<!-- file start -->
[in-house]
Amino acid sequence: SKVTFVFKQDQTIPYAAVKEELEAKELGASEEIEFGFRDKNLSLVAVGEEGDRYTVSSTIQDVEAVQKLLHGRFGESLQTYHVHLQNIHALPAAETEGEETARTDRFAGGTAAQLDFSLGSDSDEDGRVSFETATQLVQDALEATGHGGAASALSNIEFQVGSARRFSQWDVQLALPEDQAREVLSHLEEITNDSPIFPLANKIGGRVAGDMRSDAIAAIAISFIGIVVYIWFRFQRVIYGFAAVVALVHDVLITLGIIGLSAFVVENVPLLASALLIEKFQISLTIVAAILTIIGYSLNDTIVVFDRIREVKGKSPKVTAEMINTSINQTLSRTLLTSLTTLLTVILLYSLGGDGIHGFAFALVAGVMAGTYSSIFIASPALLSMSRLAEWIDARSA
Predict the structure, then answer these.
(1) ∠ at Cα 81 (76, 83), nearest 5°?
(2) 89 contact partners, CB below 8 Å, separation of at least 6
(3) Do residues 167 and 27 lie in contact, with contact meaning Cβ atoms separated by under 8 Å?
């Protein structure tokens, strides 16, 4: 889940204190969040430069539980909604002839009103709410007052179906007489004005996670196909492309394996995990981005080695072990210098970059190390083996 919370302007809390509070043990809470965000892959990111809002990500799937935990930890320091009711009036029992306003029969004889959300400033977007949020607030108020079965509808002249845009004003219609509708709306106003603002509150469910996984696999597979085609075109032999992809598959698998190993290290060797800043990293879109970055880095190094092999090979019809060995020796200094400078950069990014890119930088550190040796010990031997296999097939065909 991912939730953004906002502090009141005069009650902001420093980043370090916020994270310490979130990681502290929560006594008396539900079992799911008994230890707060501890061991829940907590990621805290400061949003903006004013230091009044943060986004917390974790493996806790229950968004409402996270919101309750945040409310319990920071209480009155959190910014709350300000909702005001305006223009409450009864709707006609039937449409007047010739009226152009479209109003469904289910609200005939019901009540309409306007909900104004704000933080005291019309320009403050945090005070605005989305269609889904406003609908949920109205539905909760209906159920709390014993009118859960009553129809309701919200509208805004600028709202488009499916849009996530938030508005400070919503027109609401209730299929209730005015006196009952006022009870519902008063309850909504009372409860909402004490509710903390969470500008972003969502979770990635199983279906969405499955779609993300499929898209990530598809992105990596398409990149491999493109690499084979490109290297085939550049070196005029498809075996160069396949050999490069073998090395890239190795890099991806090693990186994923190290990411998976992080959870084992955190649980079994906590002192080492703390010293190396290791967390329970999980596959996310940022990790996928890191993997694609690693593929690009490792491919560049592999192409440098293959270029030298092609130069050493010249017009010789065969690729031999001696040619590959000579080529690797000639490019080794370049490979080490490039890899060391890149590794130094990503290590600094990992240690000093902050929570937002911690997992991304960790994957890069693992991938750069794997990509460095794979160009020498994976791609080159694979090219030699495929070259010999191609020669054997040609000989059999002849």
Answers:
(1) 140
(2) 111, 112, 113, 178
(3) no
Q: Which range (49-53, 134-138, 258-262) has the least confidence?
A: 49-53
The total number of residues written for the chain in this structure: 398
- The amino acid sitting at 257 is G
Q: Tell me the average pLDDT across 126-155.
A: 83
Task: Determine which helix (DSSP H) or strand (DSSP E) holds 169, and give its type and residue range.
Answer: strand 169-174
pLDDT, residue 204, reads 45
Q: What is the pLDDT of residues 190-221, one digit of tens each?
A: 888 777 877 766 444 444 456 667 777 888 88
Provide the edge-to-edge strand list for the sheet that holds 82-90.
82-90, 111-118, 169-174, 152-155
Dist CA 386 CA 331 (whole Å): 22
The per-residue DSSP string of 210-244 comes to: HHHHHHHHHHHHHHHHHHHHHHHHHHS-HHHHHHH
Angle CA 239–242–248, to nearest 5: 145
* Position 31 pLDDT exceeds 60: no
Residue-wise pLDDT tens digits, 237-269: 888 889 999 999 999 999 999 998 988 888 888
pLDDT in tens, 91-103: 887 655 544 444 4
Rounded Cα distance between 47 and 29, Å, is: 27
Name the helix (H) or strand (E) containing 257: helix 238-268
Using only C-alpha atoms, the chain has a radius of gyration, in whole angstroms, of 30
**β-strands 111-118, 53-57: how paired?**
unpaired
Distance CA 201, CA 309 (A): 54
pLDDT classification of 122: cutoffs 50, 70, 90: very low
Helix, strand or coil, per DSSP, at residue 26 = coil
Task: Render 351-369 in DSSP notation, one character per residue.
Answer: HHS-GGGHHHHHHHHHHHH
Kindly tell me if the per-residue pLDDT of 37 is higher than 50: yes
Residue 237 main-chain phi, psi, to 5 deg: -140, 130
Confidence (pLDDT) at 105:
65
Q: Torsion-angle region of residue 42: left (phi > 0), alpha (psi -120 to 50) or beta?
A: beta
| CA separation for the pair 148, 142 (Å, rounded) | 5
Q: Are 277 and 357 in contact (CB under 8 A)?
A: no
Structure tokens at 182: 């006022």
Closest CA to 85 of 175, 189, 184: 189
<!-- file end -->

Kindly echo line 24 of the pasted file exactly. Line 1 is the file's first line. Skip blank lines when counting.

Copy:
82-90, 111-118, 169-174, 152-155